President Bush is making the passage of an intelligence reform bill a high priority and wants it done by next week, White House spokesman Scott McClellan said Friday.

The measure would, among other things, make the recommendations from the Sept. 11 commission (search) law. The topic of Bush's weekly radio address on Saturday will also focus on intelligence reform, McClellan said.

The president plans to send a letter to congressional leaders "soon" outlining his wishes on stalled legislation to create the position of national intelligence director, who would coordinate the nation's spy agencies and enact other anti-terror measures, the spokesman said. The House and Senate return next week and will take a last stab at getting a solution.

House Speaker Dennis Hastert, R-Ill., refused to bring a House-Senate compromise up for a vote two weeks ago after two House chairmen, GOP Reps. Duncan Hunter (search) and James Sensenbrenner (search), opposed the solution.

"The White House is working very hard to convince the speaker that he should bring the bill up, and I'm optimistic that he'll decide to do so," Sen. Susan Collins, R-Maine, co-author of the Senate version of the bill, told FOX News on Thursday.

Hunter, a Californian who heads the Armed Services Committee, said the intelligence realignment could interfere with the military's chain of command. Judiciary Chairman Sensenbrenner, of Wisconsin, said the bill also should deal with illegal immigration and drivers' licenses.

Bush's letter will "talk a little bit more about some of those remaining issues that are being discussed as we move forward. And I think the president will continue to talk about the importance of getting this done now," McClellan said Friday.

"Congress has made a lot of progress, and now is the time to get this legislation passed. I think he will talk about the importance of preserving the chain of command in department and agencies."

Bush telephoned Hastert and Senate Majority Leader Bill Frist, R-Tenn., on Thursday and told them he wants an intelligence bill (search) completed.

At the White House on Friday, Bush told House and Senate members that "he's working on it as hard as he can," said Sen. Mike Enzi, R-Wyo. "We've talked to other people who are working on it, progress is being made, and we hope that it can be finished up (next) week."

Senate negotiators said Thursday they expect Bush to endorse the compromise and pressure Hastert to bring it to a vote, despite Hunter and Sensenbrenner's opposition.

"This legislation will improve the quality of intelligence provided to our troops," Collins told FOX News. "I want to make very clear that tactical and joint military intelligence programs remain under the exclusive control of the Pentagon in our bill ... [and] always, always in a time of war, our troops are going to be our first priority. The commander in chief, our president, would never support a bill that would weaken the flow of intelligence to our troops, nor would I."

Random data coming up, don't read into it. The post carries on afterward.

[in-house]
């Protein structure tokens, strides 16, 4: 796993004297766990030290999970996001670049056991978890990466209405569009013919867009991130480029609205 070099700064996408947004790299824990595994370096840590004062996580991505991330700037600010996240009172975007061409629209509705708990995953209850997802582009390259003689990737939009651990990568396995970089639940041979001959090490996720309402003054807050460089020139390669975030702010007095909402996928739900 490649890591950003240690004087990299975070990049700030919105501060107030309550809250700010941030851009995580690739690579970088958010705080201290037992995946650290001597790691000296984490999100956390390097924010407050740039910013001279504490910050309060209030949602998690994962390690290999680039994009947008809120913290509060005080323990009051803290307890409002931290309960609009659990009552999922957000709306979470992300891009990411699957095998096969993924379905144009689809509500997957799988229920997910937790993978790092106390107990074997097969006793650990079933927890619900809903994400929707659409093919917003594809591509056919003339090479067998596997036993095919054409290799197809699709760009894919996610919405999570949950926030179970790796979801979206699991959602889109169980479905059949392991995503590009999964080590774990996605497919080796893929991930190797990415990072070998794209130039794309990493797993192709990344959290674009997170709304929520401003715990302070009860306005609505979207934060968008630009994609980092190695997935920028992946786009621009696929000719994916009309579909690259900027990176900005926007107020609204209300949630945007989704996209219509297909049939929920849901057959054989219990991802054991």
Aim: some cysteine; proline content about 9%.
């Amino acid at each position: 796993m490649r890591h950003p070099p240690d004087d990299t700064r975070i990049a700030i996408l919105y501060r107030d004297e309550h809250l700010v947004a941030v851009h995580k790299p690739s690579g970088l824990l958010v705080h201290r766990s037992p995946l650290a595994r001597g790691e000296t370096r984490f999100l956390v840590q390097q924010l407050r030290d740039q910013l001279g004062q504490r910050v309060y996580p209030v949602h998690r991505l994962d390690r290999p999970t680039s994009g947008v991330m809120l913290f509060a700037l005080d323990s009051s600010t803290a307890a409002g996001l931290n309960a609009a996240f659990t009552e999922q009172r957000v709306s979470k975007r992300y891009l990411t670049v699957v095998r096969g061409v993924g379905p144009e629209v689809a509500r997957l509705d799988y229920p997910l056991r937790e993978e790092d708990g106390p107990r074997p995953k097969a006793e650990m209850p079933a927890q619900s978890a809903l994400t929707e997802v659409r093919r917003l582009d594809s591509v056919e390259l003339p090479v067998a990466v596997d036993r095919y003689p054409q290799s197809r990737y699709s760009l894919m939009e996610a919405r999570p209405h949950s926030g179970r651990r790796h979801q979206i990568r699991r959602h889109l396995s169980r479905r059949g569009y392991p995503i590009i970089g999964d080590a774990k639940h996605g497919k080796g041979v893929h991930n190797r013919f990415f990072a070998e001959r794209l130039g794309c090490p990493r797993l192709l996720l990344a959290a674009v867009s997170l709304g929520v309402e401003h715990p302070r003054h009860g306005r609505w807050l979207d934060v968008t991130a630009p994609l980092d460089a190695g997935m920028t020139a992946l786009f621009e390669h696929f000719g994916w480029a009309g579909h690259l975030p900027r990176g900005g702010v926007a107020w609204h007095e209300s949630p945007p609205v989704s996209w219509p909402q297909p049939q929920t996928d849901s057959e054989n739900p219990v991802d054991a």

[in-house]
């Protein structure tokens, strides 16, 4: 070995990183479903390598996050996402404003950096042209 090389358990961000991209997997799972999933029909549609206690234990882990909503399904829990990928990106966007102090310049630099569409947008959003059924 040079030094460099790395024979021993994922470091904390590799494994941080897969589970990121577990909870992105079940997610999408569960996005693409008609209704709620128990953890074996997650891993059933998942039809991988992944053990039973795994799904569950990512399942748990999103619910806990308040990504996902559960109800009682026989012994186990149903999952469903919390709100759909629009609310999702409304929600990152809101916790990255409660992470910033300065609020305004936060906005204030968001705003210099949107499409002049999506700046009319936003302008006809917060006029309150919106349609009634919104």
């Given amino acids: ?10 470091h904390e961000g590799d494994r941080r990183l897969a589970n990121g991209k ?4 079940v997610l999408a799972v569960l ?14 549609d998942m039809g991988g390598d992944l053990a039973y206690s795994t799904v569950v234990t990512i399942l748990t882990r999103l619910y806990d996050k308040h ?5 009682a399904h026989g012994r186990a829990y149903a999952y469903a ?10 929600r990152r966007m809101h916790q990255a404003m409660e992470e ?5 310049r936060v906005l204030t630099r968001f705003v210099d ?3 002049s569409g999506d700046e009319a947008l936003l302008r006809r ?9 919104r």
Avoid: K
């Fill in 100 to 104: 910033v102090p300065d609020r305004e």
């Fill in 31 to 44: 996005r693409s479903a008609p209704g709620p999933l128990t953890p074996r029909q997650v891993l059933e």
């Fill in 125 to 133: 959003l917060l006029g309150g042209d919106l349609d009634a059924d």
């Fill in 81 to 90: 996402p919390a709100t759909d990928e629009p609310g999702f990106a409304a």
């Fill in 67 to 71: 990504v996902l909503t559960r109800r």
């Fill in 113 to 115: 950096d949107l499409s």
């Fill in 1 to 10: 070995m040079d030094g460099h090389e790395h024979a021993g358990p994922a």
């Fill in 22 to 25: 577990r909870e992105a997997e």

Collins and Rep. Christopher Shays, R-Conn., said the immigration issue is important but can be dealt with separately.

"What we didn't take this year, we'll bring it up again next year" when the new Congress is sworn in, Shays said.

The president's task may have been made easier Thursday when the nation's top military officer said lawmakers had dealt adequately with a provision in the bill that he had objected to publicly.

Gen. Richard Myers, chairman of the Joint Chiefs of Staff, said his one objection to the compromise bill was resolved. He asked last month that the bill keep money for combat support agencies flowing through the Pentagon instead of going through the proposed national intelligence director.

"The issue that I specifically addressed in a letter to Chairman Hunter has been accommodated, I'm told, in the bill," Myers said. He still refused to endorse the compromise.

Shays told FOX News on Friday that he's confident a vote on the bill will be held next week and that Myers' support will help.

"I think what's significant is that the general [Myers] is going to be helpful, that that's [the combat money issue] not being used as an excuse because General Myers' view is important," Shays said. "The bottom line is, I think we're going to have a vote on Monday or Tuesday … all that's really needed is the bill to come to the floor," he added, noting that it has about 90 percent support of the Senate and anywhere from two-thirds to three-quarters support in the House.

"Everyone should vote their conscience on this bill," he added.

FOX News' Liza Porteus and The Associated Press contributed to this report.